Top 5 Modifications to Prep a Car for the Nürburgring

Nurburgring car modifications
Even cars like this should be modified before they roll onto the ‘ring. [photo: TFL]

Nürburgring Vehicle Modifications, Ranked

The 12.9-mile Nürburgring in Germany is one of the world’s most demanding tracks. Sure, you can take any car on the track, even your camper van if you want. But to wring the most our of your time on the ’ring, you’ll want to make some modifications to your vehicle. While this list applies to more tracks than just the Nürburgring, know that this was made with the help of driving instructor Christoph Koch of RSR Nurburg, a company that offers rental cars to be driven on the ‘ring at the track, someone who has a lot of experience at the ‘ring and knows where and how the stock setup on most cars fall short. As such, this list, ordered by “must do” to “should do” is tailored specifically to the unique challenges of the ’ring.


Michelin Pilot Sport
[photo: Michelin]

1: Tires

Your tires are ultimately the only part of your car that actually touches the road. As such, any performance modifications that you make otherwise are only as useful as the quality of tires you have on your car. Added power, suspension upgrades, and even brake upgrades are all diminished if you don’t have a decent set of rubber. Tires such as a set of Michelin Pilot Super Sports, Pilot Sport 4S, or even Sport Cup 2, will provide your car with the grip it needs to ensure that you are making the most of your other mods. Hence, why this mod should be the first thing you do.


2017 Acura NSX Brake Shot
[photo: Acura]

2: Brake System

Brake upgrades ensure that you have confident stopping power for the full 12.9-mile lap. This track is full of downhill corners and long braking zones that require brakes that won’t fade or worse, boil and warp. Swapping in ventilated brake rotors and performance brake pads are a small price to pay to avoid a crash from overcooked brakes. When asked what mods are done to all of RSR Nürburg’s cars before they go on the track, driving instructor Christoph Koch said that new tires and brakes are the first two upgrades done to every single one of their cars. Not power, not suspension, just tires and brakes.

[photo: Honda]

3: Adjustable Suspension

While tires and brakes are the two ‘must-do’ modifications according to RSR Nürburg, there’s more you can do to boost performance. I asked Chris what mods he would recommend after brakes and tires. A fully adjustable suspension, he said. Here’s why: The Nürburgring is a road course. This means that the surfaces are variable and in many cases extremely bumpy. One of the main reasons that automakers test here so frequently is because the track provides a wrenching test of a vehicle’s suspension. Their thinking is that if a car handles well on the Nürburgring, it will handle well on any track.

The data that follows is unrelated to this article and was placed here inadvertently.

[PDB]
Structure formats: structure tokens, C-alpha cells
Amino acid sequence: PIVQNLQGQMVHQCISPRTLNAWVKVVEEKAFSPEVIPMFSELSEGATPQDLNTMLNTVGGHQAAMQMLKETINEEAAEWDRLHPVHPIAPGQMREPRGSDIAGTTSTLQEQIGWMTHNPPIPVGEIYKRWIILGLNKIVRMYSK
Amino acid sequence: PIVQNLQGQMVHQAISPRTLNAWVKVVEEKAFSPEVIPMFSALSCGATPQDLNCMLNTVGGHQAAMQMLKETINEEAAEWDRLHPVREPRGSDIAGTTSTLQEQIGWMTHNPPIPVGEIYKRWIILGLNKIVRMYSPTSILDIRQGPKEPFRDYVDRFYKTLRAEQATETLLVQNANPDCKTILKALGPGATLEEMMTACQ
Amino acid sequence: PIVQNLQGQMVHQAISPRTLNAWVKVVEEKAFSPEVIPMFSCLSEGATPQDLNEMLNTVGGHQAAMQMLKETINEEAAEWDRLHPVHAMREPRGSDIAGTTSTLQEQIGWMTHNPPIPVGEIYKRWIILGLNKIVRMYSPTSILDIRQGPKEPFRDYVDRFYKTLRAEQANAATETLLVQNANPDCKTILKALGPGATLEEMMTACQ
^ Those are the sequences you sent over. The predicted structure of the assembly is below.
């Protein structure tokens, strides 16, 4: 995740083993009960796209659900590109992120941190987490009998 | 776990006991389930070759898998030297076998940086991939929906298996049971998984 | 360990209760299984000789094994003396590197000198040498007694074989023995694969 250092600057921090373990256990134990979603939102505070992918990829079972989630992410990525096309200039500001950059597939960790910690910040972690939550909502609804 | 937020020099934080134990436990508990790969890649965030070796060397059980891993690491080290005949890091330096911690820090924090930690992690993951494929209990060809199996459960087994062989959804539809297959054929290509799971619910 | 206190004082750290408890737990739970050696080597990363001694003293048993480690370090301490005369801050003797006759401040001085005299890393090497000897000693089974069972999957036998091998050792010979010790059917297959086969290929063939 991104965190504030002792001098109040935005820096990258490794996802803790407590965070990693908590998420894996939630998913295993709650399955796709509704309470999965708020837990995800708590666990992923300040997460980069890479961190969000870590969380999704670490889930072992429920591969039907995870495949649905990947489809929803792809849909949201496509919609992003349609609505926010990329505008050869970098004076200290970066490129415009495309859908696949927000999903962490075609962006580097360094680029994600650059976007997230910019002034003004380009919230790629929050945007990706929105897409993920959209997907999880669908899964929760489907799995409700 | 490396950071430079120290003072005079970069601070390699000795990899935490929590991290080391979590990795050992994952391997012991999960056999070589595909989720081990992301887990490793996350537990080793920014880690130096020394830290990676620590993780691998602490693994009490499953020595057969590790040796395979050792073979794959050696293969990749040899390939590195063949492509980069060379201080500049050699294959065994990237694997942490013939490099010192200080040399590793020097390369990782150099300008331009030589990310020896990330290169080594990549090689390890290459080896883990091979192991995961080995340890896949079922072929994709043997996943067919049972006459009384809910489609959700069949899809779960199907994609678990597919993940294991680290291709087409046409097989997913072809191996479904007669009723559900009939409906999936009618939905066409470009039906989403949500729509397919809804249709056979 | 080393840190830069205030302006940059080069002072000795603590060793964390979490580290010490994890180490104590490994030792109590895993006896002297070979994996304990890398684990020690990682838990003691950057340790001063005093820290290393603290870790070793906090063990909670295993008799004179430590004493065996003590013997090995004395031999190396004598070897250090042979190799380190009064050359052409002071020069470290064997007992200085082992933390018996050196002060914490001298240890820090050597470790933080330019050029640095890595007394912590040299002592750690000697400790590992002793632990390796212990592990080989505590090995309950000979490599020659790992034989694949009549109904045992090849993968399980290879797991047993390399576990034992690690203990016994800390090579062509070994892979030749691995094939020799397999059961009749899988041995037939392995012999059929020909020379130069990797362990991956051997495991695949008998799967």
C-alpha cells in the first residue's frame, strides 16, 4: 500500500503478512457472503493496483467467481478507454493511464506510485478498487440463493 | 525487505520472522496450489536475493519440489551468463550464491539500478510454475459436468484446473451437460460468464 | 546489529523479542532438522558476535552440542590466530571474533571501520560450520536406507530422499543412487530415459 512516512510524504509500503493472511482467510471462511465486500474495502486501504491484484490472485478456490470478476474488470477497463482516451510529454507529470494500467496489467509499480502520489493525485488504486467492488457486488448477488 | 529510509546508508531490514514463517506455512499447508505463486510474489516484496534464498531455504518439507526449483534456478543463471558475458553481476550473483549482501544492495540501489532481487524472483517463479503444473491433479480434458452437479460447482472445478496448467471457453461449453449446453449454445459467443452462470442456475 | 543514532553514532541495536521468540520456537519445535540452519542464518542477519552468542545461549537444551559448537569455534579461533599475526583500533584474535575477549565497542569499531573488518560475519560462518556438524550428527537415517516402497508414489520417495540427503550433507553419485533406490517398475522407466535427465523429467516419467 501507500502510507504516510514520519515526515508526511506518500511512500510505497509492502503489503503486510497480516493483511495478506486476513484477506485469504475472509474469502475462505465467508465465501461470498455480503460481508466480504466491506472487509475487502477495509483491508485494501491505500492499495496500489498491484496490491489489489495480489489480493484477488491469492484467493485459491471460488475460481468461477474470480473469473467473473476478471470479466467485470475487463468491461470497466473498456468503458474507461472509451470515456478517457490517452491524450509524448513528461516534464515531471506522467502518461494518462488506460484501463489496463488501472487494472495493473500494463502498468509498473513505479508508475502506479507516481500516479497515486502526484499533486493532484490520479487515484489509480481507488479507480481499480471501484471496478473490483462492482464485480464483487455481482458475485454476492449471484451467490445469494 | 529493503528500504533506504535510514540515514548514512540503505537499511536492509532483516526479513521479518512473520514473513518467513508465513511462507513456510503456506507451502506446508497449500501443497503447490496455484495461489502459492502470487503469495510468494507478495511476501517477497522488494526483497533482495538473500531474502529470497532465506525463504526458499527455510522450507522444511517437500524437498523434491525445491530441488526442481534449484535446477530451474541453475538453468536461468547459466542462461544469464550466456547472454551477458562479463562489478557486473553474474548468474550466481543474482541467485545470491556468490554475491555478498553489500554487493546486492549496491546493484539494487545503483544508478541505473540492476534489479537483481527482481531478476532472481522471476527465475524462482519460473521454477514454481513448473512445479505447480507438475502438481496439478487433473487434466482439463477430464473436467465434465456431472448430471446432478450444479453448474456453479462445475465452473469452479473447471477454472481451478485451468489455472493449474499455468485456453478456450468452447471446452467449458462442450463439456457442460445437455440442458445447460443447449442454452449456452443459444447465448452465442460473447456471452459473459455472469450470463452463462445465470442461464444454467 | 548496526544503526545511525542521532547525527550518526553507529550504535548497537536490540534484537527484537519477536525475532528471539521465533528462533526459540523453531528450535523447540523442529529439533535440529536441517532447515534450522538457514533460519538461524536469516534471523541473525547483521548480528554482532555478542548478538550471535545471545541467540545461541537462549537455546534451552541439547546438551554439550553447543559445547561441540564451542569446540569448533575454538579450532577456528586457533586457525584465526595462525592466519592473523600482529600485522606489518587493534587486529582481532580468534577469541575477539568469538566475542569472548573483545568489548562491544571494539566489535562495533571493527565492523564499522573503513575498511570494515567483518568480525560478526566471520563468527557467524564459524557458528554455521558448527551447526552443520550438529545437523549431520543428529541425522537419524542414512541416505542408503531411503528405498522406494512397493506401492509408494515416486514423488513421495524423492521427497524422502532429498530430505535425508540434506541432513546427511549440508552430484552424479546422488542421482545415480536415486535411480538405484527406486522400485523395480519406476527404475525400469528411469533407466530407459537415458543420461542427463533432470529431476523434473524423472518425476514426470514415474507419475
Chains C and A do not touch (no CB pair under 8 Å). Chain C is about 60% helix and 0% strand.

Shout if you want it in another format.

Getting the car’s suspension is set up correctly will help cars soak up all the bumps, while mitigating body roll at the same time. Suspension that is too stiff will allow the car to get upset by the track’s bumps, while one that is too soft will allow for too much body roll, which is not desirable. Having suspension that you can tune to the harsh nature of the track will allow you to make even better use of the car’s chassis, and therefore its power.

[photo: 106RallyForum]

4: Bucket Seats with 5-Point Harness and Full Roll Cage

There are a few reasons that you would want to make the switch out the stock bucket seats for racing seats and weld in a racing cage, but none more important thatn safety. This track is incredibly dangerous, as Niki Lauda, the retired Formula1 driver who famously crashed on the ‘ring and countless others will be very quick to tell you. So, in case you do get in a crash, it would be really nice to have the extra protection around you to so you don’t get crushed by your car.

Of course, roll cages also have the added benefit of torsional rigidity that helps to improve handling. Bucket seats with racing harnesses, while great for providing ample bolstering, are also much safer than many stock seats. Additionally, they are much lighter, helping improve performance by lightening the car in addition to their safety benefits.

BMW Concept M4 GTS carbon fiber rear wing
[photo: TFL]

5: Aero

Adding aerodynamic modifications such as an adjustable rear spoiler or front splitter will help push your car into the ground and increase grip. Unlike some mods, this one requires a bit more work than simply bolting on a part. Aero, like adjustable suspension, needs to be tuned to the track and car. Adjustable spoilers usually come bolted in place by a series of fasteners which can be loosened, allowing the spoiler to change its angle of attack slightly. A steeper angle will help to produce more downforce and drag. You want to find a balance where the car is receiving the extra downforce and therefore grip necessary to increase cornering speed, while also being shallow enough to minimize the added drag on the car. Factors to consider when adjusting a spoiler include top speed, acceleration, and track layout. If the track has a lot of long straights, you will want to minimize drag as much as possible, so that you can achieve a higher top speed. Tracks with more corners will need cars that can corner faster, so extra downforce is needed. Since you can’t max out the speed very well on these tracks anyways, you might as well have the extra drag and downforce to help you corner as fast as possible.